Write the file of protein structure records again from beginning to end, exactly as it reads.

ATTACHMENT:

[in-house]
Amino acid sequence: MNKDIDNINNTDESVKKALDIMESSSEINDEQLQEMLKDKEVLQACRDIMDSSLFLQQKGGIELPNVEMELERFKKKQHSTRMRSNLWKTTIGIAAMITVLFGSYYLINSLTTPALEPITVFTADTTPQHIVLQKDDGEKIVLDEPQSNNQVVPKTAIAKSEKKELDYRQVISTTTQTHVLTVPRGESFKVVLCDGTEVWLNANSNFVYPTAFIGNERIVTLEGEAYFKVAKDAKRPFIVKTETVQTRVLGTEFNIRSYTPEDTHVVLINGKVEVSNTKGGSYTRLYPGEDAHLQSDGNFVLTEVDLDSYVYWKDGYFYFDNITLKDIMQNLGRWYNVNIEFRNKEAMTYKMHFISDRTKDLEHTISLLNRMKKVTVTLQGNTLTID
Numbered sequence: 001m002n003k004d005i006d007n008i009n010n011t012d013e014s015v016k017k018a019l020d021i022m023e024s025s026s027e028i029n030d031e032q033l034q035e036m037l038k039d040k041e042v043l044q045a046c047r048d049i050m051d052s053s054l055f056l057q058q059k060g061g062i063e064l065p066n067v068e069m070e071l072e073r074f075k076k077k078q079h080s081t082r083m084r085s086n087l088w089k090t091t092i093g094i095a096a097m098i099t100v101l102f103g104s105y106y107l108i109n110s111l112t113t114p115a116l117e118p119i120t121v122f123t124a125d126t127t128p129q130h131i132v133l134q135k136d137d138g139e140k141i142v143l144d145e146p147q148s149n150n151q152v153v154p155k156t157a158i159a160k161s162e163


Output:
[in-house]
Amino acid sequence: MNKDIDNINNTDESVKKALDIMESSSEINDEQLQEMLKDKEVLQACRDIMDSSLFLQQKGGIELPNVEMELERFKKKQHSTRMRSNLWKTTIGIAAMITVLFGSYYLINSLTTPALEPITVFTADTTPQHIVLQKDDGEKIVLDEPQSNNQVVPKTAIAKSEKKELDYRQVISTTTQTHVLTVPRGESFKVVLCDGTEVWLNANSNFVYPTAFIGNERIVTLEGEAYFKVAKDAKRPFIVKTETVQTRVLGTEFNIRSYTPEDTHVVLINGKVEVSNTKGGSYTRLYPGEDAHLQSDGNFVLTEVDLDSYVYWKDGYFYFDNITLKDIMQNLGRWYNVNIEFRNKEAMTYKMHFISDRTKDLEHTISLLNRMKKVTVTLQGNTLTID
Numbered sequence: 001m002n003k004d005i006d007n008i009n010n011t012d013e014s015v016k017k018a019l020d021i022m023e024s025s026s027e028i029n030d031e032q033l034q035e036m037l038k039d040k041e042v043l044q045a046c047r048d049i050m051d052s053s054l055f056l057q058q059k060g061g062i063e064l065p066n067v068e069m070e071l072e073r074f075k076k077k078q079h080s081t082r083m084r085s086n087l088w089k090t091t092i093g094i095a096a097m098i099t100v101l102f103g104s105y106y107l108i109n110s111l112t113t114p115a116l117e118p119i120t121v122f123t124a125d126t127t128p129q130h131i132v133l134q135k136d137d138g139e140k141i142v143l144d145e146p147q148s149n150n151q152v153v154p155k156t157a158i159a160k161s162e163